Forty minutes into the film Judy, Judy Garland (played by Renée Zellweger) is about to perform at the Talk of the Town nightclub in London. But backstage she is all nerves and trembles. “I can’t,” she rasps. Her voice isn’t what it used to be. What if it gives out? She has to be physically pushed onto the stage, where, as the audience erupts in applause, nervous backstage Judy disappears. She sucks up the room’s energy like a sponge and holds herself up higher to become Judy Garland, the icon.
“I’ll go, I’ll go, I’ll go my way by myself,” she sings. Her voice starts frail but builds in power as she reaches the crescendo of the song, “By Myself.” At the same time, a look of surprise blooms on Zellweger’s face, as if she can’t believe she was able to get it out.
When Judy was announced, and it was made public that in portraying Garland—known for her warm vibrato—Zellweger was going to do her own singing, some skepticism was voiced. Zellweger, who had done her own singing in Chicago, hired a vocal coach to bring her naturally bright voice down a few octaves. As Judy has been playing at film festivals around the country (it opens wide tomorrow in U.S. movie theatres), audiences have come in not knowing if Zellweger would be able to pull it off—a parallel to the tense state in which audiences watched Garland’s latter-day performances, in which they wondered, is she going to make it?
“I wanted you to know, in your gut, that the actor was climbing a mountain,” says the film’s director, Rupert Goold, by phone from the Toronto Film Festival, where Judy reportedly received a two-minute standing ovation. “It was a single take, live vocal, there’s no post-production. She’s not singing to prerecorded tracks, there are no cutaways, it’s all in one go. I think the movie in that moment is about the extraordinary sense of risk performing can have. Using someone else’s voice would minimize that.”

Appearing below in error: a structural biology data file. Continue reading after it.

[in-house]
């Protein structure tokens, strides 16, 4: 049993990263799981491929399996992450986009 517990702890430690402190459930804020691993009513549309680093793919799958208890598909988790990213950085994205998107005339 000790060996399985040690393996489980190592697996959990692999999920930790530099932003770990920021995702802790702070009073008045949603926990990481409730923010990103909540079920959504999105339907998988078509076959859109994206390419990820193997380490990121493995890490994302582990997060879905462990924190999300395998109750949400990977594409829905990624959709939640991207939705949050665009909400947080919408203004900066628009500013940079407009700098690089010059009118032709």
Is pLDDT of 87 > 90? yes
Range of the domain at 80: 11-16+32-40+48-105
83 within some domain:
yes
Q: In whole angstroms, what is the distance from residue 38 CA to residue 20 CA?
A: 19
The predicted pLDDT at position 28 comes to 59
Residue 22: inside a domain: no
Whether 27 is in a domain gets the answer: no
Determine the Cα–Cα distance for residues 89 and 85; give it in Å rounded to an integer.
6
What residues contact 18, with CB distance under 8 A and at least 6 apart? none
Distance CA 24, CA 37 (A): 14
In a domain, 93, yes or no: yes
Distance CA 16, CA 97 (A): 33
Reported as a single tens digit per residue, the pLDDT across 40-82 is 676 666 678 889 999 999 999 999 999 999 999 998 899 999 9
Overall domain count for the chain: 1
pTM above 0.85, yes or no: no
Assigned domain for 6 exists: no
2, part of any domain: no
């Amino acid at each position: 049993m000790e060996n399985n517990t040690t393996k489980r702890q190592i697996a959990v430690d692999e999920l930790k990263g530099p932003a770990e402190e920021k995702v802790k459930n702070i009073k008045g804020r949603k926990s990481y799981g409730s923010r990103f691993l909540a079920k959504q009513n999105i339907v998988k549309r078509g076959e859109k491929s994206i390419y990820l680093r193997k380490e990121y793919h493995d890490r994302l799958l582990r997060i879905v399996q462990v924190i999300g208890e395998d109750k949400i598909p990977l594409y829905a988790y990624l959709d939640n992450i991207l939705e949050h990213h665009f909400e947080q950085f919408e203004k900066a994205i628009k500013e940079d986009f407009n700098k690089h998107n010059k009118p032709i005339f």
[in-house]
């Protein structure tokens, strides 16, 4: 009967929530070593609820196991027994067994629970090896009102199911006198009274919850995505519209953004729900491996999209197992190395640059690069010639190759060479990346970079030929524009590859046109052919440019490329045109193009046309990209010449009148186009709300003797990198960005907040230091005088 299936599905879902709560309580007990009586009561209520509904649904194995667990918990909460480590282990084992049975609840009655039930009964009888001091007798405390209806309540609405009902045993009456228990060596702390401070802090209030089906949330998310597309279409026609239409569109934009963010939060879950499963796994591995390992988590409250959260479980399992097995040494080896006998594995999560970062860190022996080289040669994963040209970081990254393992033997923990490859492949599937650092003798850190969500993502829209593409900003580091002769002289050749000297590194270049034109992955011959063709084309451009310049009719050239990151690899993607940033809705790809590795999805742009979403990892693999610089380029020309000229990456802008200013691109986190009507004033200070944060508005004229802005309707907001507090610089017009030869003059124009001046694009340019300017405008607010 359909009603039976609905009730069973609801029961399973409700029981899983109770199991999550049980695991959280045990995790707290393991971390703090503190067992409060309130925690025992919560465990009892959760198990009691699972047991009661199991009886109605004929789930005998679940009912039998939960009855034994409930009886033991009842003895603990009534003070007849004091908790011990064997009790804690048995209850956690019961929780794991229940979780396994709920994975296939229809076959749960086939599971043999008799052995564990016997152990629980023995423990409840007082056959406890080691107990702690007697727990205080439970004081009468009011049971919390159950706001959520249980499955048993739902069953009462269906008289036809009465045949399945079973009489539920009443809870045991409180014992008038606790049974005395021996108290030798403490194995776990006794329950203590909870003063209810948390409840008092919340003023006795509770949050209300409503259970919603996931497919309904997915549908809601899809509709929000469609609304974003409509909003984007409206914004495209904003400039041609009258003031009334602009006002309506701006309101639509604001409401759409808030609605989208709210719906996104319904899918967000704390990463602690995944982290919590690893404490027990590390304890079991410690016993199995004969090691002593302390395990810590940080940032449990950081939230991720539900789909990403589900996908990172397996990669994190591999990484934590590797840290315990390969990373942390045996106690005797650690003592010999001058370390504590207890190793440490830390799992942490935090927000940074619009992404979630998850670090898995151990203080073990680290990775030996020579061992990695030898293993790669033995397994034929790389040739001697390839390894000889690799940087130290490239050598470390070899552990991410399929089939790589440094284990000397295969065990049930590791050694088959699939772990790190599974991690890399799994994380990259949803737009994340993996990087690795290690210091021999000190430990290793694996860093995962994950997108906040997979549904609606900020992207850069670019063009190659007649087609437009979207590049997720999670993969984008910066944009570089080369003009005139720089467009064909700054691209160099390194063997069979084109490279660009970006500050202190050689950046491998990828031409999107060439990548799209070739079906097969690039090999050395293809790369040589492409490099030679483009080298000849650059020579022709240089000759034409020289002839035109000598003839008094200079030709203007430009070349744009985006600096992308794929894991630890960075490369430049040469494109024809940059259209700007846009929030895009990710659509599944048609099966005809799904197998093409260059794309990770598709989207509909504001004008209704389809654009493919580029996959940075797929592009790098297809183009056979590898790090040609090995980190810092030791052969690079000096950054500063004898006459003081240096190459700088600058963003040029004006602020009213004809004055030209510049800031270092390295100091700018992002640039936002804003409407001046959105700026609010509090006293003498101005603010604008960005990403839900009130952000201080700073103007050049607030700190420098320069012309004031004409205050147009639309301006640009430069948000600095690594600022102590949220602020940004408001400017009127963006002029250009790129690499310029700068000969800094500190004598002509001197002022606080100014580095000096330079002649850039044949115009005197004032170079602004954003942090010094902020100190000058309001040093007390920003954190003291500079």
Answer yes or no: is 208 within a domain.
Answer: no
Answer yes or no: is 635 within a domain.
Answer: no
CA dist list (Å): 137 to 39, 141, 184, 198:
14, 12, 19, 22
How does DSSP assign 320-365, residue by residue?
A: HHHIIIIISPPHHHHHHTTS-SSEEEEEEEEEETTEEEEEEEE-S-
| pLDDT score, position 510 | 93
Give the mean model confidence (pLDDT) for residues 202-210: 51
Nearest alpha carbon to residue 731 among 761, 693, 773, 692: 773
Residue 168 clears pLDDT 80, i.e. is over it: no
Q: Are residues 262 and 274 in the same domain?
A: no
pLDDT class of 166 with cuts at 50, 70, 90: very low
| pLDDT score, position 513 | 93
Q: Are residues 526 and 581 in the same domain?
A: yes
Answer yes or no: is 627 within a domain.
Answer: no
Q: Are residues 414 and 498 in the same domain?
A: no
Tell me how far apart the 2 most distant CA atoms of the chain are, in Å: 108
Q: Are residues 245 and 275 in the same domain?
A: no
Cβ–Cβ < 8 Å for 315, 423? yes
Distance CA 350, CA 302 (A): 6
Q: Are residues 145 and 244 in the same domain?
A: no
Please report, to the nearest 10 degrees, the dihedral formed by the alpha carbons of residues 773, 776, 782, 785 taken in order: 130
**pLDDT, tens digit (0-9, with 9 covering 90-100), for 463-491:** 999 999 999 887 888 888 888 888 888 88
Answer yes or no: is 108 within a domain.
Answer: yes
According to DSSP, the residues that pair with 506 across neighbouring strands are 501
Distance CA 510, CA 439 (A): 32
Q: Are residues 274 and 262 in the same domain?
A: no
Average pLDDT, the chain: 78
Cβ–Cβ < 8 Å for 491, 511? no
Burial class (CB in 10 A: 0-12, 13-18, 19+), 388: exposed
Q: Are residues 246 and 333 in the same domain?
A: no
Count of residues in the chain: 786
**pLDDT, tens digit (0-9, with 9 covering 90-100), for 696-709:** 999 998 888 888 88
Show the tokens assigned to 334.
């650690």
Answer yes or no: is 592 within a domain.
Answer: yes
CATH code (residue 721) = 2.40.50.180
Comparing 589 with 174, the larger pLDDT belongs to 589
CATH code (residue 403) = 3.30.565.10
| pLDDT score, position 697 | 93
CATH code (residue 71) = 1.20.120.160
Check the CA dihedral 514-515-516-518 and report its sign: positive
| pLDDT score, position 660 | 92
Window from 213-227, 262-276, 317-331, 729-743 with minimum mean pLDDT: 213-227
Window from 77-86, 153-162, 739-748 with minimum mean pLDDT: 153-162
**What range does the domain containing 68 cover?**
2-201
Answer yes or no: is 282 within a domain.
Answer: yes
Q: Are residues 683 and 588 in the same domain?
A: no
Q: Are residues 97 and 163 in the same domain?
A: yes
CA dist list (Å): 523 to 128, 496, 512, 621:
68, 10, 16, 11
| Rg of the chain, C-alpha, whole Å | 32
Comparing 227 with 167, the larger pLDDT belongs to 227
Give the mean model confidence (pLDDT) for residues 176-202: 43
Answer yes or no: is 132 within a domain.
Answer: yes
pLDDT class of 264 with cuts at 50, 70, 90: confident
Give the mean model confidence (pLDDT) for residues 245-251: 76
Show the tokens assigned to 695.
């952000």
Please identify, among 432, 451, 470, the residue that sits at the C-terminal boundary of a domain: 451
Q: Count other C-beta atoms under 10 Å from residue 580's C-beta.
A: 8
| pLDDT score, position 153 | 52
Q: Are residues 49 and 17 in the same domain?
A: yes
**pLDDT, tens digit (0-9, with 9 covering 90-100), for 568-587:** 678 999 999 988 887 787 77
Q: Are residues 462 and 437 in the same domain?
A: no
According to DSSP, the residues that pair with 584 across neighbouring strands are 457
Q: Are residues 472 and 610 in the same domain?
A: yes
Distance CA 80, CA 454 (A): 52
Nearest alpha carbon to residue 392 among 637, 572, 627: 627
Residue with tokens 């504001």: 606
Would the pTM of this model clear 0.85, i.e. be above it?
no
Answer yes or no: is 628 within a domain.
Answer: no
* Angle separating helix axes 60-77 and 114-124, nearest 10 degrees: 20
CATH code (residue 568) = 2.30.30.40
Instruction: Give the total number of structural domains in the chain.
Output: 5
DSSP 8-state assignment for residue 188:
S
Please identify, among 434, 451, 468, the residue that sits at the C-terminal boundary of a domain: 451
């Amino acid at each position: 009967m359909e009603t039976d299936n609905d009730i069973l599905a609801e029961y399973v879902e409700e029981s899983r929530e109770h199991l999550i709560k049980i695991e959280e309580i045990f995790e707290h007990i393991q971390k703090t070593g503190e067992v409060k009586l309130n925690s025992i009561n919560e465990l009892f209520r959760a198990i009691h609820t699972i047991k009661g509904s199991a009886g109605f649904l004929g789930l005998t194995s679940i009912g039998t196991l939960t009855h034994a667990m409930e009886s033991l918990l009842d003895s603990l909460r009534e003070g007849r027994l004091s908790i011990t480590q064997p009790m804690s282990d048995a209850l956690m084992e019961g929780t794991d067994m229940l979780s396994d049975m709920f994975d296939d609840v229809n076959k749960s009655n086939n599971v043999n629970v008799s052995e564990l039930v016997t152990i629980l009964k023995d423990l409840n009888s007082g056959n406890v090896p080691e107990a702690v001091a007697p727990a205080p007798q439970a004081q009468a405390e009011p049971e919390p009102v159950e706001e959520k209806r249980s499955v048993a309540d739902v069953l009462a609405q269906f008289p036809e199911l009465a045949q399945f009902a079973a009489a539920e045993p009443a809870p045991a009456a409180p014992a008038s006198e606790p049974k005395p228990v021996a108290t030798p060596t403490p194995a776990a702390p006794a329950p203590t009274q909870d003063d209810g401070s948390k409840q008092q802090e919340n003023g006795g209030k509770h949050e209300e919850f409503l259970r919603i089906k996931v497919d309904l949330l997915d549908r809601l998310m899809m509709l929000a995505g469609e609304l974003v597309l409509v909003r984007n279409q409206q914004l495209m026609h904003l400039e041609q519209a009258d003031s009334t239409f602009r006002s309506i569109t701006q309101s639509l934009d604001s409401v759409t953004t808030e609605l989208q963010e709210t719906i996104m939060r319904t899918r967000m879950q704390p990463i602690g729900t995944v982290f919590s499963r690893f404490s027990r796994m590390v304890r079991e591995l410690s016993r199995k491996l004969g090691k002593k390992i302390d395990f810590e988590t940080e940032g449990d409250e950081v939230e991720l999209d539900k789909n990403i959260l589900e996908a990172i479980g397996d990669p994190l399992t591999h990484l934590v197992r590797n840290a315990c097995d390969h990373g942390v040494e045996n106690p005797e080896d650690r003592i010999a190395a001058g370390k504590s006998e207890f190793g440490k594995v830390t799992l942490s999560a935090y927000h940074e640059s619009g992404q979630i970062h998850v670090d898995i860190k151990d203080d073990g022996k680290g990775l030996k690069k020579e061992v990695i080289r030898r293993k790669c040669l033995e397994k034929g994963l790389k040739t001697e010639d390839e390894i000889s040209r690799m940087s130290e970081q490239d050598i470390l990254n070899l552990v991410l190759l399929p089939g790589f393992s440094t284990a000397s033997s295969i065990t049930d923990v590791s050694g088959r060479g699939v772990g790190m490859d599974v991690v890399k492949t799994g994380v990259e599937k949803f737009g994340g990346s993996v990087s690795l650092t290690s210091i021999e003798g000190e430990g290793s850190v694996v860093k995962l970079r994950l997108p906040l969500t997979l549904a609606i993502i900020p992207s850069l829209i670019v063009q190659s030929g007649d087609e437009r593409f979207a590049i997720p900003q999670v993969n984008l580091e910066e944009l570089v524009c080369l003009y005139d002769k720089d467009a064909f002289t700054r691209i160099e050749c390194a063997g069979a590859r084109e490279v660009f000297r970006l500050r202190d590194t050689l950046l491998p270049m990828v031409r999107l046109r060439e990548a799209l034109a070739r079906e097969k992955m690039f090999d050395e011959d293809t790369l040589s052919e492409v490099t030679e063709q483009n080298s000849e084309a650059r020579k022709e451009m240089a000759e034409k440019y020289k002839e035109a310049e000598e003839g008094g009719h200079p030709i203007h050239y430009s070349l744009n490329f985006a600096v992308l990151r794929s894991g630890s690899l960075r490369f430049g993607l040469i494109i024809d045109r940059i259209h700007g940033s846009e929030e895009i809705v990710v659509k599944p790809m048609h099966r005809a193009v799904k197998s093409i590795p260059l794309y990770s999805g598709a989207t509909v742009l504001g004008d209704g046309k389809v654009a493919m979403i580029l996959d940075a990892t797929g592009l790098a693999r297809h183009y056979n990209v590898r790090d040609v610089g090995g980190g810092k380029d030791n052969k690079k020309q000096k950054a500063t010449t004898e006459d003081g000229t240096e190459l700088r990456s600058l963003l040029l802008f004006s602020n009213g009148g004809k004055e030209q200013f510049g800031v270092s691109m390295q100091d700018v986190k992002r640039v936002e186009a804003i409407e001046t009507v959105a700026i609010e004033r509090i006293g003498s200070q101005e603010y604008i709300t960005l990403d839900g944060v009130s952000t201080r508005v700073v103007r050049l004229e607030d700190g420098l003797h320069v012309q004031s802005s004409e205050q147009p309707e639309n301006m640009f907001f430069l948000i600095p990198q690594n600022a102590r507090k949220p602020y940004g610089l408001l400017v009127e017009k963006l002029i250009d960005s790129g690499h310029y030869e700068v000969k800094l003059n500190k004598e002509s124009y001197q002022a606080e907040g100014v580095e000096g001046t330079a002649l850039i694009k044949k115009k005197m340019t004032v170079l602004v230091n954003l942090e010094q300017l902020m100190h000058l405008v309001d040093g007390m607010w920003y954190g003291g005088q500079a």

Judy is partially based on End of the Rainbow, a play by Peter Quilter that played on Broadway in 2012. Tom Edge wrote the screenplay, which tracks the last year of Garland’s life. Low on money and fighting for custody of her children, she agrees to a five-week engagement at Talk of the Town. Onstage, the actor playing Judy has to do her own singing, but for the movie, for which she theoretically could have been dubbed, the choice to have her sing conveys other important information. “Judy Garland in this period was aware she didn’t sound like Judy,” says Goold. Her instrument frayed and faulty after years of drug and alcohol abuse, she struggled through her final concerts, and this is something Zellweger could act as well as sing. Goold concedes, referring to a famously virtuosic Garland concert, “If we were recreating Carnegie Hall, that would have been a different challenge.”